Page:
Validating XML with the Document Type Definition (DTD)
XML is a meta-markup language that is fully extensible. As long as it is well formed, XML authors can create any XML structure they desire in order to describe their data. However, an XML author cannot be sure that the structure he poured so much time and effort into creating won’t be changed by another XML author or for that matter an application. There needs to be a way to ensure that the XML structure cannot be changed at random. This type of assurance for XML document structure is vital for e-commerce applications and business-to-business processing, among other things. This is where the Document Type Definition (DTD) steps in. A DTD provides a roadmap for describing and documenting the structure that makes up an XML document. A DTD can be used to determine the validity of an XML document.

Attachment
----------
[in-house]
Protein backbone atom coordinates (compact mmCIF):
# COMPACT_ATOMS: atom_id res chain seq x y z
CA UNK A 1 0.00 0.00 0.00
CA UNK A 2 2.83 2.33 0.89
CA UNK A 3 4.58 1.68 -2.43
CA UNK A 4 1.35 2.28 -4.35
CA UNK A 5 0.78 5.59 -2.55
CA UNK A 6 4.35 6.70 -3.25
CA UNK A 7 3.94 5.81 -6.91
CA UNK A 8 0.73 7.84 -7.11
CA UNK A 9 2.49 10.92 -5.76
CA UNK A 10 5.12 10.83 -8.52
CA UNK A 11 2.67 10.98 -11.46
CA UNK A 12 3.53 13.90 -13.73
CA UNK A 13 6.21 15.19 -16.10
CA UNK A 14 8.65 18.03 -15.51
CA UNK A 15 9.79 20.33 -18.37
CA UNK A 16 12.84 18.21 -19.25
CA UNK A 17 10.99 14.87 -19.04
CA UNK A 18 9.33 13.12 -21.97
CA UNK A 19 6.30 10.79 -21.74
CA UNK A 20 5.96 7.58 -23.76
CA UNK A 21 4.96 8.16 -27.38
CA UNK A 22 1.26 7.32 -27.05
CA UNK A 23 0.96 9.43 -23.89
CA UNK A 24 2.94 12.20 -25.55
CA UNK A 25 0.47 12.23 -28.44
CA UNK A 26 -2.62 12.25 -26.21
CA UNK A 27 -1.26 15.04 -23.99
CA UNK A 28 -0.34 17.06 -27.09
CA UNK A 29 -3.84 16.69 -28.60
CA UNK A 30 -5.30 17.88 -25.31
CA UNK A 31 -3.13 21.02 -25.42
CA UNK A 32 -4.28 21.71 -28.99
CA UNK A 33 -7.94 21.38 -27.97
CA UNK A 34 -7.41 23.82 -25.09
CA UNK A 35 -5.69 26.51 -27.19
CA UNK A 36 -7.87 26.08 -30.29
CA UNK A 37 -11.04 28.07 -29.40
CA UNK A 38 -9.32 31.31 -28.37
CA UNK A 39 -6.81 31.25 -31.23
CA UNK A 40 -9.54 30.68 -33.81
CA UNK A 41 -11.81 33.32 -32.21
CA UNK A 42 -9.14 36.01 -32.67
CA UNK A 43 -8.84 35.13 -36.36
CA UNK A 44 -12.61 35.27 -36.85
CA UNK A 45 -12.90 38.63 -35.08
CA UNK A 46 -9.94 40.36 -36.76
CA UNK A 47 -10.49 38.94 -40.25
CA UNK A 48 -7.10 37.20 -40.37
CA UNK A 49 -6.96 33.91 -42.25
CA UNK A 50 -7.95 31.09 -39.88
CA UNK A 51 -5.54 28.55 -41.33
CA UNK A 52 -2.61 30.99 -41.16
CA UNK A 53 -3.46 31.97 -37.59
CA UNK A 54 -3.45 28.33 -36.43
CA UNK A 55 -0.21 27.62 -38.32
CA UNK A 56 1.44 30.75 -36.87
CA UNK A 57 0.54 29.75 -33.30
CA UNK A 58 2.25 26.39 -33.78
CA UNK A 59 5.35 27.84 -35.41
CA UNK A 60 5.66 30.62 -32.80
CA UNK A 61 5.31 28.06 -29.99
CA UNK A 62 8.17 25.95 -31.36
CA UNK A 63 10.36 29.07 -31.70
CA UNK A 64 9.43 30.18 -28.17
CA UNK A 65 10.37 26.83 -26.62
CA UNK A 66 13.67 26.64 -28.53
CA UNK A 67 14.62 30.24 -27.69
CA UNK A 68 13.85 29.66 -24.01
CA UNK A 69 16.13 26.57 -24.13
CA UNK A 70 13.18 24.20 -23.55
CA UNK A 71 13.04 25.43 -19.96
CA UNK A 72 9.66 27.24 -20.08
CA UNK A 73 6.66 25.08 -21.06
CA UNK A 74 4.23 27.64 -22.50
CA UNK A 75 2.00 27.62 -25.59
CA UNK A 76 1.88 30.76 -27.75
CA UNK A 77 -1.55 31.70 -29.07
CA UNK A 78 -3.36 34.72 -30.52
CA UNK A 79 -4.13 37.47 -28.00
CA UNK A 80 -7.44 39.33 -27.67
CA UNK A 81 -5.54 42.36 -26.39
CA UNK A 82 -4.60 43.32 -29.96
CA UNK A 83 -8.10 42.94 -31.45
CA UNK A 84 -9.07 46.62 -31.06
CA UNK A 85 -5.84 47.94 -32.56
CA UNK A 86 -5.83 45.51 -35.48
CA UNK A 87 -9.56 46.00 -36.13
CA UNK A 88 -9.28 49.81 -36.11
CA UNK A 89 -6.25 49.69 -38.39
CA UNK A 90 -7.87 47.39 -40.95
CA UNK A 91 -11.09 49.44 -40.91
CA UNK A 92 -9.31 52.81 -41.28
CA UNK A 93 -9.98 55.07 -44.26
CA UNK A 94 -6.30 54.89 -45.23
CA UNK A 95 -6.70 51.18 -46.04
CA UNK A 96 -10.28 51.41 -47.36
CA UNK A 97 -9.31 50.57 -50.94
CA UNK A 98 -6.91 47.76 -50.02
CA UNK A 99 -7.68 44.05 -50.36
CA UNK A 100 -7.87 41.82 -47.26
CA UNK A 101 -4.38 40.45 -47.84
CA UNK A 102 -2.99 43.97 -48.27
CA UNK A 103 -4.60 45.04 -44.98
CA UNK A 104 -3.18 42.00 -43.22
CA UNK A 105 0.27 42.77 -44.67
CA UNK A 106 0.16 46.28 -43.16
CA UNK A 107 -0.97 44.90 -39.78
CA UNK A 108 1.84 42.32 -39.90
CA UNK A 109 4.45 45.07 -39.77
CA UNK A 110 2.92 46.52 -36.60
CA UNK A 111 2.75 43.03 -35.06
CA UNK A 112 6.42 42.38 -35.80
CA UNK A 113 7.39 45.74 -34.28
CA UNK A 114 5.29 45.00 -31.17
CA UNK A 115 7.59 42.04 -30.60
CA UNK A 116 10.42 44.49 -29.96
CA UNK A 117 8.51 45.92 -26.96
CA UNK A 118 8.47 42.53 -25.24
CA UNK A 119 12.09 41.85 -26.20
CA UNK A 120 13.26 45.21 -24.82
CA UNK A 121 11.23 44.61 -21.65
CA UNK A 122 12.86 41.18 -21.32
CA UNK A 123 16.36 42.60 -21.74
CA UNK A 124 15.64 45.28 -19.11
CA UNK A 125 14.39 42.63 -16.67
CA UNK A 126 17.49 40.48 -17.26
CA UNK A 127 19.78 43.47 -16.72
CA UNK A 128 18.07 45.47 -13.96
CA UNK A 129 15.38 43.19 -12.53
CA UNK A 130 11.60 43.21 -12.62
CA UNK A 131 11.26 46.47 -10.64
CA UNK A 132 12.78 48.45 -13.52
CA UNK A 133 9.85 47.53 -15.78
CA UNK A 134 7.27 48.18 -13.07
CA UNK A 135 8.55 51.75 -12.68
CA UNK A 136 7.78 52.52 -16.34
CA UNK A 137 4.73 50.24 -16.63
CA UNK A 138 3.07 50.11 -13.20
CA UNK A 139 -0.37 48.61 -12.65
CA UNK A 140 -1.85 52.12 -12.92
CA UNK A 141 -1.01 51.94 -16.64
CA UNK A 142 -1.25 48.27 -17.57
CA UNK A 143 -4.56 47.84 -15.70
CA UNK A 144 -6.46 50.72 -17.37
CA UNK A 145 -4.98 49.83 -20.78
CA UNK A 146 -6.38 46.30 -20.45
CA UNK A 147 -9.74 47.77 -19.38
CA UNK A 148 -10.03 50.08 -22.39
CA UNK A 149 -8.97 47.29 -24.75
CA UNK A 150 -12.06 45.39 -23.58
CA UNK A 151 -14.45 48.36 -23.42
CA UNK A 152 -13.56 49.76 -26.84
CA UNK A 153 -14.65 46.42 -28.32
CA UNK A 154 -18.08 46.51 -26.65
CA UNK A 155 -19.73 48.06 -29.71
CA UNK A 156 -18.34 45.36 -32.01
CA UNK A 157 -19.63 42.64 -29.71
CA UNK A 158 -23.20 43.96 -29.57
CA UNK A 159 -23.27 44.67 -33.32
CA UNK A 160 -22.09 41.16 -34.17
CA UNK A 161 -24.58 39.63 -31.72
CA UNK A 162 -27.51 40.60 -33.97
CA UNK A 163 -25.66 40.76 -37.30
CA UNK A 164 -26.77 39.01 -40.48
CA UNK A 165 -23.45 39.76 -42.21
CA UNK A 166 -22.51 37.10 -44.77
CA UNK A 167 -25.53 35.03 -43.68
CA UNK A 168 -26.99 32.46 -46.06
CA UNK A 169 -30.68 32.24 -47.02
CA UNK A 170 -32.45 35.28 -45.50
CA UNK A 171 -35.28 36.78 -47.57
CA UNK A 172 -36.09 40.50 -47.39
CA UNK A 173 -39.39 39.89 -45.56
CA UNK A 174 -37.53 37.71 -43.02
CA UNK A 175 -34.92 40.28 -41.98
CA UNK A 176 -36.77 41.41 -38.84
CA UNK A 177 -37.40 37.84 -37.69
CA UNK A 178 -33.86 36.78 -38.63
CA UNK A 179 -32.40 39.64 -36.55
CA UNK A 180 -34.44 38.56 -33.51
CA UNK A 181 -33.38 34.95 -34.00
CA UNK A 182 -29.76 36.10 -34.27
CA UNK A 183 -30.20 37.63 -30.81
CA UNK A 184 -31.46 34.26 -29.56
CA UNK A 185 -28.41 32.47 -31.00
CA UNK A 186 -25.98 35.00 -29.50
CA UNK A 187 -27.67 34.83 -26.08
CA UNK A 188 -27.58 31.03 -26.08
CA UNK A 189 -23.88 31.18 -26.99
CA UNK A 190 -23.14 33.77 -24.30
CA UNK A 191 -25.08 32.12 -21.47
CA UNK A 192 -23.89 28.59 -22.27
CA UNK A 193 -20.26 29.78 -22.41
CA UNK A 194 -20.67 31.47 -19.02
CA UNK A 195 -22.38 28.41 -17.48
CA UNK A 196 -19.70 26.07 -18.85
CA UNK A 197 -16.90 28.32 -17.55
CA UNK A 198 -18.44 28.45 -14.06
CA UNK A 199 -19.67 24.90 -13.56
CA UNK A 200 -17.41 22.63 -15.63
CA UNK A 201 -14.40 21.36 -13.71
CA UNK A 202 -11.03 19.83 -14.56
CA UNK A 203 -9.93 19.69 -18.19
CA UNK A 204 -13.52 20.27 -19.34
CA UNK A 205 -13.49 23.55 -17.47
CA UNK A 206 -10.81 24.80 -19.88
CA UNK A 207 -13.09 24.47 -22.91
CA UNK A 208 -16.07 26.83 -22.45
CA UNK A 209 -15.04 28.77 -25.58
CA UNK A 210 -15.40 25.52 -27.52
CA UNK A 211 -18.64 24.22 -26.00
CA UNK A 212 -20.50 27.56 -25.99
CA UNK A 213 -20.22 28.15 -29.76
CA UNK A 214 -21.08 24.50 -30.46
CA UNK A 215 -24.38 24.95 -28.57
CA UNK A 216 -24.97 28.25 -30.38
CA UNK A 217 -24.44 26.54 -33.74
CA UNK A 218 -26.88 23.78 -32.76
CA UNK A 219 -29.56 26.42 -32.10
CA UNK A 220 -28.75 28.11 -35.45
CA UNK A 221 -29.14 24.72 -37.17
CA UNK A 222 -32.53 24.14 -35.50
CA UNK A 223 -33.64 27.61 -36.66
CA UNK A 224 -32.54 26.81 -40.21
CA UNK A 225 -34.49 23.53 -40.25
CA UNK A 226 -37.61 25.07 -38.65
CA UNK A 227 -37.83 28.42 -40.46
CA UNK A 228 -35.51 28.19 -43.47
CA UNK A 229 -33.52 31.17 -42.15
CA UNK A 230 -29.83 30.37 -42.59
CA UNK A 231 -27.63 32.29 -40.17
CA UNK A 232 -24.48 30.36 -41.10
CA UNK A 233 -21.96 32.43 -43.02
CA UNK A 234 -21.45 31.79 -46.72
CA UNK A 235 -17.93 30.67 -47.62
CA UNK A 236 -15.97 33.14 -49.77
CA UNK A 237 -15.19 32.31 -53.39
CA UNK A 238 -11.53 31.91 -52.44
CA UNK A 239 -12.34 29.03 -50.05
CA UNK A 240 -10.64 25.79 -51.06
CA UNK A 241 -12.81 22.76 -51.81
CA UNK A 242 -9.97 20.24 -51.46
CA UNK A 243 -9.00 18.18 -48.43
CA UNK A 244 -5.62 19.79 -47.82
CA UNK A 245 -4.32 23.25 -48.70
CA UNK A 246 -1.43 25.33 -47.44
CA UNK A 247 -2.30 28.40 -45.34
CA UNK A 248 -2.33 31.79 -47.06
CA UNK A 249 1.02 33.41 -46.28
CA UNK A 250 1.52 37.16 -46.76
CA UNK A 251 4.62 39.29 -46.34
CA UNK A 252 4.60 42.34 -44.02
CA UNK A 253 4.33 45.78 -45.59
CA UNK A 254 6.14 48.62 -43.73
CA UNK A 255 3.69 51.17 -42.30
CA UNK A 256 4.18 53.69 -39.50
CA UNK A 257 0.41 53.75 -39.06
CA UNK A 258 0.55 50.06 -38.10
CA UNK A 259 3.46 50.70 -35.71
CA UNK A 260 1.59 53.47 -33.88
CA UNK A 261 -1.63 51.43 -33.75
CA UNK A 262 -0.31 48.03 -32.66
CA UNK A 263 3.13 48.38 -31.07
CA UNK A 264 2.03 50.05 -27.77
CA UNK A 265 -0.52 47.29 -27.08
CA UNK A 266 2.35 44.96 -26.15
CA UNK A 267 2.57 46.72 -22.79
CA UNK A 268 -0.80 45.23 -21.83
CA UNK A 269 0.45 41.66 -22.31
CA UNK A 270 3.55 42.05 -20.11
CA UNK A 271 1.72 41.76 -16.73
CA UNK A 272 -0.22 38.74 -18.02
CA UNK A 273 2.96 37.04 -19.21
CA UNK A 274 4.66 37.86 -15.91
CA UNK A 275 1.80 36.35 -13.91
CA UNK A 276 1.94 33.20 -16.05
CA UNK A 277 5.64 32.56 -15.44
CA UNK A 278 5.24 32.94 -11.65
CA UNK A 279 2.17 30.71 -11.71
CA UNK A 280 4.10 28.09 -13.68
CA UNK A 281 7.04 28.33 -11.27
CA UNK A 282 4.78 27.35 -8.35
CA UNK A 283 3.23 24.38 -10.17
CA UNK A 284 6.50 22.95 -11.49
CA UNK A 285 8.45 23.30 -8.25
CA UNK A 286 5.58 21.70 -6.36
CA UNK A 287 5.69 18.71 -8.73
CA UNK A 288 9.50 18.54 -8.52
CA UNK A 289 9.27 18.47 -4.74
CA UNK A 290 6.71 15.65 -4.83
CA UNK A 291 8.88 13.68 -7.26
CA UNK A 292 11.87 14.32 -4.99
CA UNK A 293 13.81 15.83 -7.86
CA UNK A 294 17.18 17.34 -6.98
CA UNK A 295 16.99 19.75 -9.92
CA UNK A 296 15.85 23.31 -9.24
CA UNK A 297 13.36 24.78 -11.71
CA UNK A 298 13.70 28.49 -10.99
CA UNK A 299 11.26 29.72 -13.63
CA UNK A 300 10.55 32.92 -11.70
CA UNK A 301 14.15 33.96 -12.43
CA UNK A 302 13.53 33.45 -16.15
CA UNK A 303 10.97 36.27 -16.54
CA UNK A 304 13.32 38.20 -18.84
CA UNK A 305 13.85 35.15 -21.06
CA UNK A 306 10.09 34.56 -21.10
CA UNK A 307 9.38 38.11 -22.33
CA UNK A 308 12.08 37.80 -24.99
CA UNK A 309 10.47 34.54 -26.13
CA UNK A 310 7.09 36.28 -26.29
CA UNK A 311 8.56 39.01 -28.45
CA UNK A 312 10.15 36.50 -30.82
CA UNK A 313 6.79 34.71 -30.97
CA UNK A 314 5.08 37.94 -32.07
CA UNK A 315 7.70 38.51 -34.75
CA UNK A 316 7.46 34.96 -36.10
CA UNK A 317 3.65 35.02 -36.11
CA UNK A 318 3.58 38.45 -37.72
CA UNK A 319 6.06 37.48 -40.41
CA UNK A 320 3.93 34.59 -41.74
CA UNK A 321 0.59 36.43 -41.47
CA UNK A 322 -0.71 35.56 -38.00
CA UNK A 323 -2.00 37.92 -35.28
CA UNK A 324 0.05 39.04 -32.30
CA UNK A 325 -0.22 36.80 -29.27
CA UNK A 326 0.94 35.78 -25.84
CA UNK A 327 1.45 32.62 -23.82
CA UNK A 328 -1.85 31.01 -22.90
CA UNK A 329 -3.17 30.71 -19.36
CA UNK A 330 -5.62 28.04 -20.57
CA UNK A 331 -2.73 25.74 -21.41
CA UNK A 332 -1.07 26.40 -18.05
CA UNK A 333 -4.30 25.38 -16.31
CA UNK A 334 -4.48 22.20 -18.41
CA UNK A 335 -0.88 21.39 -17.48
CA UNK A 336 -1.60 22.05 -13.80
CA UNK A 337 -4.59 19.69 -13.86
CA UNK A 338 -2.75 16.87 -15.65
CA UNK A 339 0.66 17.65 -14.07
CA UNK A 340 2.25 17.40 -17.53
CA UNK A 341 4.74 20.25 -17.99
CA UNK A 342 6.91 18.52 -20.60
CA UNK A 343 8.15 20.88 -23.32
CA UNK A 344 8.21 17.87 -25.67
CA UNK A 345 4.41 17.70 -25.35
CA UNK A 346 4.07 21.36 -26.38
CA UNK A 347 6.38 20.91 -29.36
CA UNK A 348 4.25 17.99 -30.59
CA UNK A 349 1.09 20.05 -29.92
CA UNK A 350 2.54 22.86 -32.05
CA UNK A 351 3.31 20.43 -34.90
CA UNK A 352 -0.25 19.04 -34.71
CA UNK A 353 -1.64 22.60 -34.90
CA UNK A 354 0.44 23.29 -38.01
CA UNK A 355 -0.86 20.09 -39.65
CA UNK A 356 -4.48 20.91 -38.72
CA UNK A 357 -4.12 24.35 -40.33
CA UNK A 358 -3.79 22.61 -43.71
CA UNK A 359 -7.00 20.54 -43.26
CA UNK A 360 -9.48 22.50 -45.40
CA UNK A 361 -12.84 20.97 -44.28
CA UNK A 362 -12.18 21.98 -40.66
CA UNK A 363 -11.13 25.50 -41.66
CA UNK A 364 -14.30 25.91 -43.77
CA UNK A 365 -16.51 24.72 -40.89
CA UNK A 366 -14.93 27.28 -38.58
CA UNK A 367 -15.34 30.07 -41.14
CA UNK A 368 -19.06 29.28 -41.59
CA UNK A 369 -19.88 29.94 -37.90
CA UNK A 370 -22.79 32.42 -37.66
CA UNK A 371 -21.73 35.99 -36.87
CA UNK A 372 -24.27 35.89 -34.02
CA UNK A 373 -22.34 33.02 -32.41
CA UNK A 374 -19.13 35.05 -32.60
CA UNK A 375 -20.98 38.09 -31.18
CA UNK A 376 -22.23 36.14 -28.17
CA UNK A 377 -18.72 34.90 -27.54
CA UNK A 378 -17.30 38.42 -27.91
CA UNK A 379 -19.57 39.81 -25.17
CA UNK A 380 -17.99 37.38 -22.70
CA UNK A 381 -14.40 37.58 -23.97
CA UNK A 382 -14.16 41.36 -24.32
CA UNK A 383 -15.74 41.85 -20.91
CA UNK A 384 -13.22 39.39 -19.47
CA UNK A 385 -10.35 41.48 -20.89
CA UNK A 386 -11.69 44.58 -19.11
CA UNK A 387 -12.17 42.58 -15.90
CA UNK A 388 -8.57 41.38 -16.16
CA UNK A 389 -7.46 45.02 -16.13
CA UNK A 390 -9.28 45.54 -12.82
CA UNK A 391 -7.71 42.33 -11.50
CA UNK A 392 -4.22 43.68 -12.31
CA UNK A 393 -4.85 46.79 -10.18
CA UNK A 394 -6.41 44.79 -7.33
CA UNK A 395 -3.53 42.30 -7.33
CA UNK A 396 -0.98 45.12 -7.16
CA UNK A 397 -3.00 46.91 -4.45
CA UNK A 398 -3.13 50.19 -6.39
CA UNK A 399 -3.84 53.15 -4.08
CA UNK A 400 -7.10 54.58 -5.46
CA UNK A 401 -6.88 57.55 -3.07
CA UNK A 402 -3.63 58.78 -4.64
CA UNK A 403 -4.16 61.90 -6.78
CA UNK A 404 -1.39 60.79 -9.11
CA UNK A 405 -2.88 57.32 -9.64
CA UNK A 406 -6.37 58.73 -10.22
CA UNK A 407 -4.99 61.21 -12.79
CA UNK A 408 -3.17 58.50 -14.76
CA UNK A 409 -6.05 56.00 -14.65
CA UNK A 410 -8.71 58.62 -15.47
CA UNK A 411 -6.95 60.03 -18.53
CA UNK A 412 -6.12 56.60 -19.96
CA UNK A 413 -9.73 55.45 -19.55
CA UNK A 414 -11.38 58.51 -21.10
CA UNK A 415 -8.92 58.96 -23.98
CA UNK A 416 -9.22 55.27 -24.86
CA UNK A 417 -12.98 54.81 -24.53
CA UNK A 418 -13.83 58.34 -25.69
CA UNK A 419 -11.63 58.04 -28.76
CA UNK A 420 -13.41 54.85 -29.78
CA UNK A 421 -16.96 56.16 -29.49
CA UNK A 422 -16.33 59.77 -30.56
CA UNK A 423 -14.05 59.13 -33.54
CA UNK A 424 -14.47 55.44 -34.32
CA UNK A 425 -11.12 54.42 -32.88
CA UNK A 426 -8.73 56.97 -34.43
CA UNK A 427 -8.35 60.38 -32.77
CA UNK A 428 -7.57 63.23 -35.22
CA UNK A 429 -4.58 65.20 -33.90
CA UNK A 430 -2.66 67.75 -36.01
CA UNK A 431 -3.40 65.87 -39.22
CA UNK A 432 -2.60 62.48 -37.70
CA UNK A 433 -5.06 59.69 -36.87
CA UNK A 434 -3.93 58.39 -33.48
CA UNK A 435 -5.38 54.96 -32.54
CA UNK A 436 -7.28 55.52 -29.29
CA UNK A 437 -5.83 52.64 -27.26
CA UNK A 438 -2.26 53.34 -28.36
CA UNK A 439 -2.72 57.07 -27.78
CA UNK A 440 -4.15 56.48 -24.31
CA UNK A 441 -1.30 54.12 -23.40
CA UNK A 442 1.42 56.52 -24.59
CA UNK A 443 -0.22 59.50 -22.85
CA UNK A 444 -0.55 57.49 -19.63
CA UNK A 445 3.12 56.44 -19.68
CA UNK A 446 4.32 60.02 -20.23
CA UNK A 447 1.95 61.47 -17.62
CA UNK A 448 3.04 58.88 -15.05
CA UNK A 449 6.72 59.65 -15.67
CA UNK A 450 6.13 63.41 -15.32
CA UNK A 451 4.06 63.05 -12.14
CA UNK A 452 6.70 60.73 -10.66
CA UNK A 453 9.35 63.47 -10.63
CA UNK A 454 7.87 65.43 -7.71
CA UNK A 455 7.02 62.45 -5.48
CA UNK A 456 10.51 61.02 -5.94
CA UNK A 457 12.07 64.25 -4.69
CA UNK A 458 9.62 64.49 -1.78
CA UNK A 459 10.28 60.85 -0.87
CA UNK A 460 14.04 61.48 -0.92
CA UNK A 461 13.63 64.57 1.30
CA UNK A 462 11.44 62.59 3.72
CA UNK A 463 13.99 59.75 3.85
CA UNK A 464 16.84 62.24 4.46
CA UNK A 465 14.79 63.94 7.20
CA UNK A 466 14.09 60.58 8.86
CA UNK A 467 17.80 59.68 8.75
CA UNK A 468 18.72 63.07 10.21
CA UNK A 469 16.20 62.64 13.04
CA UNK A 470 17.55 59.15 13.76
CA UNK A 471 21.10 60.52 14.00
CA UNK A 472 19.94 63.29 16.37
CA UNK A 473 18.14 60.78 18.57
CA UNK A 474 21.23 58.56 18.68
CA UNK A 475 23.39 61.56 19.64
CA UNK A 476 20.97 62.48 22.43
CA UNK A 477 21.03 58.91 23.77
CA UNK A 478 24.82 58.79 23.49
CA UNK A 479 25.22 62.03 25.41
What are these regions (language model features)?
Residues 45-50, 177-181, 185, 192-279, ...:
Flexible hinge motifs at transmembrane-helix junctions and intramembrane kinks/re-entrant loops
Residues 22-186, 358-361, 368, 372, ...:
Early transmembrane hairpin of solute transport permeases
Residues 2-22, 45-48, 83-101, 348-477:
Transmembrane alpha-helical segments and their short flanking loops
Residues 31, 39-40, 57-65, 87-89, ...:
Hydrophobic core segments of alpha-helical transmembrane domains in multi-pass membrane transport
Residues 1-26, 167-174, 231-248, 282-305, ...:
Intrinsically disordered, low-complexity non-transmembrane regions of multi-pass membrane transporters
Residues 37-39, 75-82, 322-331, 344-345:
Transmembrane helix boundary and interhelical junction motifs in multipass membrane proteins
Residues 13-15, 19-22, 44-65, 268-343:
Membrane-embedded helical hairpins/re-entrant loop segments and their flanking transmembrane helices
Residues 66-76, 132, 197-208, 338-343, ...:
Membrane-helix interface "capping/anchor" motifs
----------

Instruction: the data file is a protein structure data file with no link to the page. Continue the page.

In this chapter we will start with several examples and a brief overview of the DTD and what it does. Then we will break down the different items that make up the structure of the DTD. The coverage of the DTD structure will begin with a discussion of the Document Type Declaration. Then we will move on to the functional items that make up the DTD. The DTD includes element definitions, entity definitions, and parameters. Finally, before closing the chapter, we will explore some of the drawbacks of DTDS and emerging alternatives for validation. Now, let’s start by defining the Document Type Definition.